Career Changes And Your Resume

We’ve all been there: you are thinking about changing or getting a new job, and you return to your resume to update it to a state where you believe potential recruiters and employers will be selecting yours above all others. You polish your achievements, tweak your interests and rewrite your summary to align with your target company and current fashion in writing trends.

But now it’s time to change your career. Making drastic changes to the direction you’re going in and potentially the industry you’re working at. Suddenly the changes you make to the resume seem forced, education doesn’t match, past experiences seem superfluous or haphazard. And simply removing the items that don’t match your intended career leave empty spots and make your resume look empty and plain, giving the impression you’ve hardly achieved anything the last couple of years.

That’s not a great feeling, and you don’t need to go through that. You can rewrite your resume to target for your intended career, but it’s going to take a bit more work. It requires a fresh start, so see it as an opportunity to turn over a new leaf and frame your experiences and achievements in a new way that is going to benefit your transition.

For the purposes of this article, changing your career refers to moving to a different industry or job group than your current one. For example, if you were in sales and moving to finance. Or finance and moving to marketing. In addition, you could move from working in the automotive industry and trying to work for a logistics company (a small step) or a software startup (a large step).

Basic Structure

The first thing to realize is that the traditional, reverse chronological approach to resumes might not be suited if you’re changing careers. If you don’t add information that is not relevant to prospective employers you might leave many gaps, but if you do add this then they might wonder why you’re applying to functions that are obviously much different (and lower in career level) than your current one.

Instead, a functional resume – focusing on tangible skills and benefits – might be more suited to getting your point across. But to make this you need to first set up a basic structure for this, and then fill that in with the bits and pieces from your existing resume, slightly modified.

We’ll begin by deciding what the resume should achieve for the reader. Then, we can look at what problems you are equipped to solve for them. Then, we can describe how your education and experience gives you a unique advantage. Finally we need to show how far along you are in development from one career to another, and that you are open to alternative ways of growth such as internships, associations or entrepreneurship.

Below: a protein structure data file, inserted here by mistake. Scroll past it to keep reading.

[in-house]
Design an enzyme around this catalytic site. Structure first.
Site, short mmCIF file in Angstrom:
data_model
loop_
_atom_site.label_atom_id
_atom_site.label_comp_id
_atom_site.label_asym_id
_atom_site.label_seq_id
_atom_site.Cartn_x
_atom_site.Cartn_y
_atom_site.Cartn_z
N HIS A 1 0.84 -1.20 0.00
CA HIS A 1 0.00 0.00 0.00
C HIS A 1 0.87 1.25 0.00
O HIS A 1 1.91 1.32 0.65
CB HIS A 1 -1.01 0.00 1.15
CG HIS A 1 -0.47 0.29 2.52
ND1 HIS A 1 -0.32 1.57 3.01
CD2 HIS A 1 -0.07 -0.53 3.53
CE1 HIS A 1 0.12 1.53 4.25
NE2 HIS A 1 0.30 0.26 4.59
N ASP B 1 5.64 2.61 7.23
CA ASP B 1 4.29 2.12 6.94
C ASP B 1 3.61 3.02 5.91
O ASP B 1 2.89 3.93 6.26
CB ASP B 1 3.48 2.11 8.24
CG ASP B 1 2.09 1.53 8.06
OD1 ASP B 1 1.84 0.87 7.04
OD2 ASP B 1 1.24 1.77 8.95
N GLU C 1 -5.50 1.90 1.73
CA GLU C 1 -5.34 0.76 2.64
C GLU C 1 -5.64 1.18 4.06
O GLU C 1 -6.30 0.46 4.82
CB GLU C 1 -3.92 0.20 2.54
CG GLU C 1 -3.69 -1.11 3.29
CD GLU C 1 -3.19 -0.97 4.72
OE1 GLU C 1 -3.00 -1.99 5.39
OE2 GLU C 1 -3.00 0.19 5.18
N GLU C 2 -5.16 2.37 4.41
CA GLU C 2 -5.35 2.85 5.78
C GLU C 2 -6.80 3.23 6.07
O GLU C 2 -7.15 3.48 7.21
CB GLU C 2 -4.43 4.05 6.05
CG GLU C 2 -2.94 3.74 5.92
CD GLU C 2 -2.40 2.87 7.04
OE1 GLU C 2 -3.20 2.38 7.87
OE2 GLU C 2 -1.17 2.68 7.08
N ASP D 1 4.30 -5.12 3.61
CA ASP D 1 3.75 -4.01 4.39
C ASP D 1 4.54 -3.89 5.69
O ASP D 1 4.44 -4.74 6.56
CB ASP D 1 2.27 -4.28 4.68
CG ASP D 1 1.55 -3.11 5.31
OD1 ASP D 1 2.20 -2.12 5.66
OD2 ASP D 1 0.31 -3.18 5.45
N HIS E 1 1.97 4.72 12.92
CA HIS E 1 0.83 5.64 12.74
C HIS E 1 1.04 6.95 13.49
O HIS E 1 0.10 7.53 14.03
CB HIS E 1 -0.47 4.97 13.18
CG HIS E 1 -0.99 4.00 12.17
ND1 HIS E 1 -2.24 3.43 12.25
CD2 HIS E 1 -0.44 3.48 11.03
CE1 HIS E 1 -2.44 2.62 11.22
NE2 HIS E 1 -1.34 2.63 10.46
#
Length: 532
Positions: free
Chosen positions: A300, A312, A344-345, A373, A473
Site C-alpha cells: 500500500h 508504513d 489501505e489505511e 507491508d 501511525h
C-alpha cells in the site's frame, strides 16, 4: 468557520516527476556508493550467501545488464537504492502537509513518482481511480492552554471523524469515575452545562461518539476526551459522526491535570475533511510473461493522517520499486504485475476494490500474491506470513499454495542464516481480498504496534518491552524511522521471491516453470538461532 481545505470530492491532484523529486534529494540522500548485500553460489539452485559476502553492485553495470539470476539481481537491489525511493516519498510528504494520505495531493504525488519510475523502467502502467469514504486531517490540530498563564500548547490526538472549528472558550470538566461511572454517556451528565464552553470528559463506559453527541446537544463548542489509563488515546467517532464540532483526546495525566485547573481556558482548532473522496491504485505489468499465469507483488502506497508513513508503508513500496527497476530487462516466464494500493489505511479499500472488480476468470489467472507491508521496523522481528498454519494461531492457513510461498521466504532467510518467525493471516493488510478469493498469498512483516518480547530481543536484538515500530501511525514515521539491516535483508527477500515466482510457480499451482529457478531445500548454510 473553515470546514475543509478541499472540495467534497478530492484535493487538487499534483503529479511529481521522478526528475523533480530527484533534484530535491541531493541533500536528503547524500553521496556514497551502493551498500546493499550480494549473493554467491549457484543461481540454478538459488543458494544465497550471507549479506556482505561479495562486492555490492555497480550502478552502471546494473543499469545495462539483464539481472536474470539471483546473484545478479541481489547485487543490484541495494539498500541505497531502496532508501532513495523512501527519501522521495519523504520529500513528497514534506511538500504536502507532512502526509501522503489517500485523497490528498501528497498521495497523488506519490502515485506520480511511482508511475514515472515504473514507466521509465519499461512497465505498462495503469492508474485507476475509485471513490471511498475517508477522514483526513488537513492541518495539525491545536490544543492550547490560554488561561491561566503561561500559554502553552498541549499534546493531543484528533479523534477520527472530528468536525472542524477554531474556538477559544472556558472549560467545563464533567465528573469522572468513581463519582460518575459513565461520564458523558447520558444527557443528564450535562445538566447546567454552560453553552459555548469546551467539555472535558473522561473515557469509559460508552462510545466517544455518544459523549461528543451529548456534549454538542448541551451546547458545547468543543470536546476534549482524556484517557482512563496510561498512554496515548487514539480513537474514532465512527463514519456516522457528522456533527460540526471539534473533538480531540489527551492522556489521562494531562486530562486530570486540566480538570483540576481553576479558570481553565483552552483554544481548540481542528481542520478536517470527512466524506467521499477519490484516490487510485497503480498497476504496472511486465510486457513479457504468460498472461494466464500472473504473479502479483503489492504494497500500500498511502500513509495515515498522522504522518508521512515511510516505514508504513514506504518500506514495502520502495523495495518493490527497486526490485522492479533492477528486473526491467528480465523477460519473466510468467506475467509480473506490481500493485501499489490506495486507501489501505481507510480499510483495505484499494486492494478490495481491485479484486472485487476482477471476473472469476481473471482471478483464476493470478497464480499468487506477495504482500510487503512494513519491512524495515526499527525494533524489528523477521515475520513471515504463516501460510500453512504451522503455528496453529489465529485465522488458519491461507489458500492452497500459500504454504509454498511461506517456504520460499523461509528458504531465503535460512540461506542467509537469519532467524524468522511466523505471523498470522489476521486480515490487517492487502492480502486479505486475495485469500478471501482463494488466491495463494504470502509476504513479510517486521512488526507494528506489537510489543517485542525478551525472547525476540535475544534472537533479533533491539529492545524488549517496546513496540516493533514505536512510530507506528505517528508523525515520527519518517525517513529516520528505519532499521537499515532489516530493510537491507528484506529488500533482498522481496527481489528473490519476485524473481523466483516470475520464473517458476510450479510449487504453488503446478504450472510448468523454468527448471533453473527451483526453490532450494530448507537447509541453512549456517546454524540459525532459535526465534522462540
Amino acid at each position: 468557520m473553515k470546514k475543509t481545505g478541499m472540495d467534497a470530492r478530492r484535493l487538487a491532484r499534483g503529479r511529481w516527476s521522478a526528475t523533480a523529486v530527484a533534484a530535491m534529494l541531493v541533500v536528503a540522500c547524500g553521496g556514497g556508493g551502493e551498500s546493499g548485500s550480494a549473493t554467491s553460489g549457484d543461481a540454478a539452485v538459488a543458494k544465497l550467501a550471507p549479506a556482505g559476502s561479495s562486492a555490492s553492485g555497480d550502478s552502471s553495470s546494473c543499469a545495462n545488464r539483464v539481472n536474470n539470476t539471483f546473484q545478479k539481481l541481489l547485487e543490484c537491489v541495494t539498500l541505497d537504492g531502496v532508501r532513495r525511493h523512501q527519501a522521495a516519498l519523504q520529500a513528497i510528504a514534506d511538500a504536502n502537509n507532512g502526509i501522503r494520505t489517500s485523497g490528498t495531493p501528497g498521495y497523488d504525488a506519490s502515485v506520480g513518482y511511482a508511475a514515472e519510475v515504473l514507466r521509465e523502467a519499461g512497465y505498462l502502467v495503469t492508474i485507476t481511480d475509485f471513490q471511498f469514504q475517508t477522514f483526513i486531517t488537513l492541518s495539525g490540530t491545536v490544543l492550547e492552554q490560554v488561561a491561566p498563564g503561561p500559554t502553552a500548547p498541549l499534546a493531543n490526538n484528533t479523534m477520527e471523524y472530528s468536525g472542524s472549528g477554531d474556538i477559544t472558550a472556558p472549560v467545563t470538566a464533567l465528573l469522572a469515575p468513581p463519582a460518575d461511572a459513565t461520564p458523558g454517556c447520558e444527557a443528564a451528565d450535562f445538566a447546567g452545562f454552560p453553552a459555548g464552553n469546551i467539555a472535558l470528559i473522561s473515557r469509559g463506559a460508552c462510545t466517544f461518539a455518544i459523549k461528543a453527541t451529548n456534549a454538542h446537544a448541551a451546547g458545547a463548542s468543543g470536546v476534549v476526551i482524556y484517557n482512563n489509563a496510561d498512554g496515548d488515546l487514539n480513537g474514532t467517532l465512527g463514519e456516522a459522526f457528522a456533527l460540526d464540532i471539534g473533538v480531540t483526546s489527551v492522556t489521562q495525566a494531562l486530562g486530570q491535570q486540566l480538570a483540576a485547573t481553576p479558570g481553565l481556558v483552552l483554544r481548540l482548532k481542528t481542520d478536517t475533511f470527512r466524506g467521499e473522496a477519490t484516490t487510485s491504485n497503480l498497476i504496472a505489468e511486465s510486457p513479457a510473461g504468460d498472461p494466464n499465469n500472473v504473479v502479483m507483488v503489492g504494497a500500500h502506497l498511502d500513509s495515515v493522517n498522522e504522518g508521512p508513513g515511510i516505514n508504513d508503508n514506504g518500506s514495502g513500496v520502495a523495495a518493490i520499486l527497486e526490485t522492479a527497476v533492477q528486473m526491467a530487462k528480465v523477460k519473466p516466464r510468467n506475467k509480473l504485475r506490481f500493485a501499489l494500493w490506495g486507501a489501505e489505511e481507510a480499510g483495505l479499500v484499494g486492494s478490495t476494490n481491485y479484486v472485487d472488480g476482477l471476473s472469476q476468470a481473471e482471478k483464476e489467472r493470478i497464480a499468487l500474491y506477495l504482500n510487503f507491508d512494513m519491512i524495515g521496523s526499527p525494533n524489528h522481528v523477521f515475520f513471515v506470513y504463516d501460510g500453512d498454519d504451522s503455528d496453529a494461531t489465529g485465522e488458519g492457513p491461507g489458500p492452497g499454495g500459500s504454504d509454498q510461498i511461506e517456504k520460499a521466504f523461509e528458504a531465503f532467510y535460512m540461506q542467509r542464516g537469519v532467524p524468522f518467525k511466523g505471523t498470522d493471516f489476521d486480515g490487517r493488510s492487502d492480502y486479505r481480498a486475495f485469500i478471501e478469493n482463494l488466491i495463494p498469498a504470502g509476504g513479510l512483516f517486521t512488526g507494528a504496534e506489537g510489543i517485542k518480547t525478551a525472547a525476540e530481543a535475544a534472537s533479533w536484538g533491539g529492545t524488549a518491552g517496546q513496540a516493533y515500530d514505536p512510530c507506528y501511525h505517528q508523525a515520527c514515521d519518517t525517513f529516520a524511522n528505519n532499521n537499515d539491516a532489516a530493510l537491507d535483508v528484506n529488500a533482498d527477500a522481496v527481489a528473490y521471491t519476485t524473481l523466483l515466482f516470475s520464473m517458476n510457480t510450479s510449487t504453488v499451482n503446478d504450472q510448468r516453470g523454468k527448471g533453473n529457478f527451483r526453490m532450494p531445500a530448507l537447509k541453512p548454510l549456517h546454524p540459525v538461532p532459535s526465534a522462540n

Set Your Goals

A resume aimed at a career change is different from one meant to entice an employer to hire you. It doesn’t focus so much on what you’re capable of and how you will benefit your prospective new boss, but instead it should highlight how your previous experiences and achievements make you eligible for being in your new industry or career. 

The goal of your resume has changed from convincing its target of your value according to the set requirements of a job description to convincing its target of how events and benefits from a different sector or education can provide surprising benefits they might not have considered before. This is more difficult, since you don’t have a set list of requirements to tick off, but much more rewarding because you are free to show off how you have unique benefits that no one else can offer. Just like in sales, you’re not selling them a product, you’re selling them a solution. Which means figuring out what problems there are, describing them to show you’re in the know, and then establishing while you are uniquely equipped to handle them.

  • Research the industry and sector in which your intended career path exists
  • Note down what problems are commonly faced, and how they usually deal with them (or not!)
  • Think on how your knowledge and experience could solve their problem in a new way

Assess Your Education

Depending on your exact education and the time passed since then, your education might offer few or many handholds for entry into your new career. In this case, it pays to have a general education like communications, social studies or engineering, as they have a tendencies of teaching a broad range of basic topics useful in many companies. Generally, the more specific your education, the harder it is to change your career. 

So if you have a very specific kind of education, such as Law or Medicine, you’re going to have to dig deep. Here you want to look not at what you learned, but the mental maturity and transferable skills that were part of it. For example, a medicine degree that allows you to be a doctor means you are skilled at analysis, stress and grief management, have a good memory and likely to have a good sense of direction under pressure. So those are the things you’d have to focus on, and see how they can be of benefit in your new career.